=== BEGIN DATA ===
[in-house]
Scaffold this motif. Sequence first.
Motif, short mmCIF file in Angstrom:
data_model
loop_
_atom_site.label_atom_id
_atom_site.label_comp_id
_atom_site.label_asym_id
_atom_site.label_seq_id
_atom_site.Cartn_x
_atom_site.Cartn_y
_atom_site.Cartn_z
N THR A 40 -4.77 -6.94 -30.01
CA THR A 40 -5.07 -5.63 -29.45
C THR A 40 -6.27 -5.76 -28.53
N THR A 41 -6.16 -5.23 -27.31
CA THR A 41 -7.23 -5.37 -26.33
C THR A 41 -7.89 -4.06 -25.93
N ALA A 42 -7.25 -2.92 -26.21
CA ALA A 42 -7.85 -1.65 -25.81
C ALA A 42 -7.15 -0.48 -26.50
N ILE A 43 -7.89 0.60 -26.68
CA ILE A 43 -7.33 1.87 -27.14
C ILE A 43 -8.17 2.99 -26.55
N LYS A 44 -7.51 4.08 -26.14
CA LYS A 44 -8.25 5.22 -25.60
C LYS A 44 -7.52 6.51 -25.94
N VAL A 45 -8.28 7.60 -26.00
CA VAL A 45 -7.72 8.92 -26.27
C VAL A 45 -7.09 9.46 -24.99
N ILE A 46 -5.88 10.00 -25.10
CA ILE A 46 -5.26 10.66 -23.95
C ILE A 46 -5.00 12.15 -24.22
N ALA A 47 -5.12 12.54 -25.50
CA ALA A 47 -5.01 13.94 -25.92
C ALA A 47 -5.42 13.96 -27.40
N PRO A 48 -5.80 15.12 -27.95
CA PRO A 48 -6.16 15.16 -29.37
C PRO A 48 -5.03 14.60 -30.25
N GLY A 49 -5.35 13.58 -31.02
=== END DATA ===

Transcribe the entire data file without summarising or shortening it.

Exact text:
[in-house]
Scaffold this motif. Sequence first.
Motif, short mmCIF file in Angstrom:
data_model
loop_
_atom_site.label_atom_id
_atom_site.label_comp_id
_atom_site.label_asym_id
_atom_site.label_seq_id
_atom_site.Cartn_x
_atom_site.Cartn_y
_atom_site.Cartn_z
N THR A 40 -4.77 -6.94 -30.01
CA THR A 40 -5.07 -5.63 -29.45
C THR A 40 -6.27 -5.76 -28.53
N THR A 41 -6.16 -5.23 -27.31
CA THR A 41 -7.23 -5.37 -26.33
C THR A 41 -7.89 -4.06 -25.93
N ALA A 42 -7.25 -2.92 -26.21
CA ALA A 42 -7.85 -1.65 -25.81
C ALA A 42 -7.15 -0.48 -26.50
N ILE A 43 -7.89 0.60 -26.68
CA ILE A 43 -7.33 1.87 -27.14
C ILE A 43 -8.17 2.99 -26.55
N LYS A 44 -7.51 4.08 -26.14
CA LYS A 44 -8.25 5.22 -25.60
C LYS A 44 -7.52 6.51 -25.94
N VAL A 45 -8.28 7.60 -26.00
CA VAL A 45 -7.72 8.92 -26.27
C VAL A 45 -7.09 9.46 -24.99
N ILE A 46 -5.88 10.00 -25.10
CA ILE A 46 -5.26 10.66 -23.95
C ILE A 46 -5.00 12.15 -24.22
N ALA A 47 -5.12 12.54 -25.50
CA ALA A 47 -5.01 13.94 -25.92
C ALA A 47 -5.42 13.96 -27.40
N PRO A 48 -5.80 15.12 -27.95
CA PRO A 48 -6.16 15.16 -29.37
C PRO A 48 -5.03 14.60 -30.25
N GLY A 49 -5.35 13.58 -31.02